You really need to experience it for yourself (hint: download the free trial), but here are some examples of ActiveWords that I use for the categories shown above.
* I now have my e-mail/message board signature line defined as a text substitution (multiple lines complete with a quote and all). My ActiveWord for this is 'sig', so I just type this and hit the spacebar twice to insert my signature wherever I am. No longer do I have to keep a signature line defined in multiple programs.
* I have ActiveWords for my 'name', 'address', 'phone', etc. If I need to enter those values in a field, I use the applicable ActiveWord, which is a lot faster than typing the whole thing.
* When I am doing application testing, I absolutely hate typing dummy text in fields. I put the opening couple paragraphs of the Gettysburg Address into an ActiveWord called 'test' and voilà, instant development testing text.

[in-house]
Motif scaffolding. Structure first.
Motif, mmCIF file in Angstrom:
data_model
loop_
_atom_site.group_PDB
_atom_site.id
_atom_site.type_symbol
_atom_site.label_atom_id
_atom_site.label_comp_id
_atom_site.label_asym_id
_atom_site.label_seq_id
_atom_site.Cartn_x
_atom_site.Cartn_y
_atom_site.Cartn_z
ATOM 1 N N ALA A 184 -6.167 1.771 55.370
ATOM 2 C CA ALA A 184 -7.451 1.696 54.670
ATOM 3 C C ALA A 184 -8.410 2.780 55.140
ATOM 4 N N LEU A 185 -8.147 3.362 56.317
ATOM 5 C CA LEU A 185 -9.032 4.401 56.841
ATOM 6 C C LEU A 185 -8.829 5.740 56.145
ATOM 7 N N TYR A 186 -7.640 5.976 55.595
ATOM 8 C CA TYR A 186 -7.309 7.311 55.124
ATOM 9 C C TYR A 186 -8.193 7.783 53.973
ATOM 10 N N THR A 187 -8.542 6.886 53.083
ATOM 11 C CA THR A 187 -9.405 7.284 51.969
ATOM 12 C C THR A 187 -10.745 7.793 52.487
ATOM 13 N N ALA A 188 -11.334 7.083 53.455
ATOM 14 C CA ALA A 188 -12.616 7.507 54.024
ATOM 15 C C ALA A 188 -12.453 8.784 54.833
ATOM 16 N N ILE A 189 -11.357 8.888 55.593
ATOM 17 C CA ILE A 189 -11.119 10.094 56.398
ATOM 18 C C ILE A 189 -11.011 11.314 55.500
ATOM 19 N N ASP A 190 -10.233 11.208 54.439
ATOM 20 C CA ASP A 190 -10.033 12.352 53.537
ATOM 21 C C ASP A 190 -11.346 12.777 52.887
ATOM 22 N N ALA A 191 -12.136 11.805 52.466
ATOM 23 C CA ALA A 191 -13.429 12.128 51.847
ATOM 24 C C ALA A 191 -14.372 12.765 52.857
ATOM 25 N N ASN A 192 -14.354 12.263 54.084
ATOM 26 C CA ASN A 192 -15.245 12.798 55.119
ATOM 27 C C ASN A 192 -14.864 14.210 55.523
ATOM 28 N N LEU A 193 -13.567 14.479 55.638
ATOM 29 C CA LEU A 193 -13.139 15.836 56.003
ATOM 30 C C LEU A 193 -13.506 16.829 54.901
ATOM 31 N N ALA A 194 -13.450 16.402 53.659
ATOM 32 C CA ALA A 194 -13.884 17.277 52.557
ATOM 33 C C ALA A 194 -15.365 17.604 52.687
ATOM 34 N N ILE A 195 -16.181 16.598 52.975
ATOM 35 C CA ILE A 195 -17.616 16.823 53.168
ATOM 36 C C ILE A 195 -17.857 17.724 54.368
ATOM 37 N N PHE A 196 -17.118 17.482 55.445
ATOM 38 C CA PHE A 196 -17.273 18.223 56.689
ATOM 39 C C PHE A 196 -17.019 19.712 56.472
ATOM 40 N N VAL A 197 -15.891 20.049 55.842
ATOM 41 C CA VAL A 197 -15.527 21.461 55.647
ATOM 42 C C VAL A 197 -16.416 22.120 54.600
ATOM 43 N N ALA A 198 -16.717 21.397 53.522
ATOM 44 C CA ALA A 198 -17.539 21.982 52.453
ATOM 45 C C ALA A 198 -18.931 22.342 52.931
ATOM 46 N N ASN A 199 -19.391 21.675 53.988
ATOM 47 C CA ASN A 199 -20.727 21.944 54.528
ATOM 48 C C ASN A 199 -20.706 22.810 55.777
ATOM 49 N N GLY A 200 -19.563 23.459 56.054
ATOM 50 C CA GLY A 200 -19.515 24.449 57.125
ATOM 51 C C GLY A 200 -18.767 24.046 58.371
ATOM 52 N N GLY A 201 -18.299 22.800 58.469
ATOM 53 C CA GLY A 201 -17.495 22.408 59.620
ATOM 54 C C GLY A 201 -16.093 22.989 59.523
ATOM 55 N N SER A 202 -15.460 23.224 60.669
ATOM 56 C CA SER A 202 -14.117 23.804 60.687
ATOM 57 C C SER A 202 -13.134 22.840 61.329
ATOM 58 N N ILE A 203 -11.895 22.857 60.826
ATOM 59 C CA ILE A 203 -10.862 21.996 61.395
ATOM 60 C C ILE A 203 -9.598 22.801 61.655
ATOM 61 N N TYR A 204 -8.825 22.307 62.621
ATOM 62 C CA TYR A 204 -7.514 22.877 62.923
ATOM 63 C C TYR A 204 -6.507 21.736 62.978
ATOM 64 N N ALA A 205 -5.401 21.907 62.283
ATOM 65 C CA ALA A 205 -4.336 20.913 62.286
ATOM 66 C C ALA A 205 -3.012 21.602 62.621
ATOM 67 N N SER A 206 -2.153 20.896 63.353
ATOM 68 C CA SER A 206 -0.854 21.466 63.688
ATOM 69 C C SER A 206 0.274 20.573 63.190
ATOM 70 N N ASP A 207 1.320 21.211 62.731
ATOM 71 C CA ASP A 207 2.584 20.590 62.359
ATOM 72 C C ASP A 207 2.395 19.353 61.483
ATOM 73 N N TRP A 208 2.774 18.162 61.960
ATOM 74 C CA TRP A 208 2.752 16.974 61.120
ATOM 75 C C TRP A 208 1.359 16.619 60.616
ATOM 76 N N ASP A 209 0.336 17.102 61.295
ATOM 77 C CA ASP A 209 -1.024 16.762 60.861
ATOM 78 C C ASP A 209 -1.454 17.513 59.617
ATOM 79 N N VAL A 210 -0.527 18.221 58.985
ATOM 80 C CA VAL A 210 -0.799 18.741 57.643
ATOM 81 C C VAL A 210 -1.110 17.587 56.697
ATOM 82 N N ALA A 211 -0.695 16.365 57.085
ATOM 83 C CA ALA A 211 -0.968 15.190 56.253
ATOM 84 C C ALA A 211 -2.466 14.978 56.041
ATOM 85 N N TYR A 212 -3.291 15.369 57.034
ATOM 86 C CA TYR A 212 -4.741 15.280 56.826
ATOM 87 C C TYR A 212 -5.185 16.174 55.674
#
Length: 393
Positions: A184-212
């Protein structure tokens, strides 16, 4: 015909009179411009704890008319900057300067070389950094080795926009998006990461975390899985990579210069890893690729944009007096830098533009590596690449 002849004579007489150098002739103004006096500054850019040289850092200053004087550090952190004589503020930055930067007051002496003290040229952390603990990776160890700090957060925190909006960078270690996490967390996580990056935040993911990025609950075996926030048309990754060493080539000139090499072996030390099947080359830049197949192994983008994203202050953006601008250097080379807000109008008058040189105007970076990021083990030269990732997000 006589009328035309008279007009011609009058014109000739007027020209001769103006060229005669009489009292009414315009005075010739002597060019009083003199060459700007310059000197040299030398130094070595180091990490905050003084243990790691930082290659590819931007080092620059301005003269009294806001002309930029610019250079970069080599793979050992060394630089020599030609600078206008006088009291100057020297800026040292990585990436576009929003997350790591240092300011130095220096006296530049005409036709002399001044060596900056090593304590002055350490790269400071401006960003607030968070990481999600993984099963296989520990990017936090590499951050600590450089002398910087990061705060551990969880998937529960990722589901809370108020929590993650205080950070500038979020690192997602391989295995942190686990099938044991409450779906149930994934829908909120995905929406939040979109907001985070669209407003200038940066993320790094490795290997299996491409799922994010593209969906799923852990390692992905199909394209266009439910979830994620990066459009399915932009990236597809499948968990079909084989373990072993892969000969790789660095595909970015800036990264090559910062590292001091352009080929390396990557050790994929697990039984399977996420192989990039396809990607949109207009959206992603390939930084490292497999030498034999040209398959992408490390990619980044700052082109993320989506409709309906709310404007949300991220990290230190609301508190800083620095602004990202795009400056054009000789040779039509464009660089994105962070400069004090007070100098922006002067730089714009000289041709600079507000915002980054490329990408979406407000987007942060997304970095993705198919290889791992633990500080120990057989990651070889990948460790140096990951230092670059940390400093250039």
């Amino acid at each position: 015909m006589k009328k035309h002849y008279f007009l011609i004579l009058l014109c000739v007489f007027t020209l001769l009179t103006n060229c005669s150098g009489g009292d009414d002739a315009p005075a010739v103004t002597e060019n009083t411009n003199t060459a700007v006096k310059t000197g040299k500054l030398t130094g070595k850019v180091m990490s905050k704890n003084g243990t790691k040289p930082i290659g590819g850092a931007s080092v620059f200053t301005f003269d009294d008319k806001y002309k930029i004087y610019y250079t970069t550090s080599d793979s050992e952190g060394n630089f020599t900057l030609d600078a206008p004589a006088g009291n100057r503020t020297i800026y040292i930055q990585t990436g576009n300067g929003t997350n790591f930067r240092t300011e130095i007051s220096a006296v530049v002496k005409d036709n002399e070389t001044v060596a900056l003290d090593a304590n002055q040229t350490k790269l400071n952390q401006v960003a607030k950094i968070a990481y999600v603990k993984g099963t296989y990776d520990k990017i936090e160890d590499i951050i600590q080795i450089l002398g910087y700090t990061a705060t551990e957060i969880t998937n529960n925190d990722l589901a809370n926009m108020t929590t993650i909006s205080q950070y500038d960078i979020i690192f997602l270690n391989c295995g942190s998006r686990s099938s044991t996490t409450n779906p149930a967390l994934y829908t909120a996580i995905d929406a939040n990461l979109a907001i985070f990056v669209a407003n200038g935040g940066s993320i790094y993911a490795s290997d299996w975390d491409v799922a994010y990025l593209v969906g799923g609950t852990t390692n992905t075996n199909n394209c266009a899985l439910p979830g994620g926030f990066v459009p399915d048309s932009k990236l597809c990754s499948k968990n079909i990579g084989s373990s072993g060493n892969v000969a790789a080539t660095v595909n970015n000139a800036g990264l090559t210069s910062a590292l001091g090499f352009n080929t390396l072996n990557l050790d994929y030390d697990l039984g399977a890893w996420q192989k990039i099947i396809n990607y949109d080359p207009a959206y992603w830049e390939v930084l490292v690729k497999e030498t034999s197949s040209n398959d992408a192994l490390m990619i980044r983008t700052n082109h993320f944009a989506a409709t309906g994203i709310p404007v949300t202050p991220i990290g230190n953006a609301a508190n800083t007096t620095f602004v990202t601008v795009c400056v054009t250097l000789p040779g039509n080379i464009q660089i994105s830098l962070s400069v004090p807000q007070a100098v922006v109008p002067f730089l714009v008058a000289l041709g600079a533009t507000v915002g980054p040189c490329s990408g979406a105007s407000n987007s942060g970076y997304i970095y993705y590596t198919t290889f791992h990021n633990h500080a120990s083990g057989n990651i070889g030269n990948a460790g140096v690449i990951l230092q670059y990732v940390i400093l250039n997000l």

Opening A Website
Well this is pretty self-explanatory, but very useful. Example ActiveWords in my WordBase include 'bank', 'wiki', 'gm' (Gmail), 'r6' (Notes 6 & 7 forum...i.e notes.net! :-) Since this function within ActiveWords supports any URLs that are registered in Windows (*I think*), the notes URL protocols work too!
Navigating To A Folder/Opening A Windows Setting
I use this for quick access to My Documents and other folders on my hard drive ('projects', 'expenses', 'pics', etc.), Opening a Windows setting allows me to launch the control panel ('cp'), add/remove programs ('add'), etc. with just a couple keystrokes.
I think you get the idea.
Now, imagine extending these basic uses. For example, what if you wanted to quickly send a link to your calendar to another user? Maybe you do this often and it would be worthwhile to create an ActiveWord for the action. There's not an option for this out of the box, so what do you do? Being the really cool program it is, ActiveWords provides you with a scripting language that you can use to automate many tasks. Basically, if it's something you can do in Windows, you should be able to write a script to accomplish it. So, how could we automate the calendar link? Something like the following would do the trick: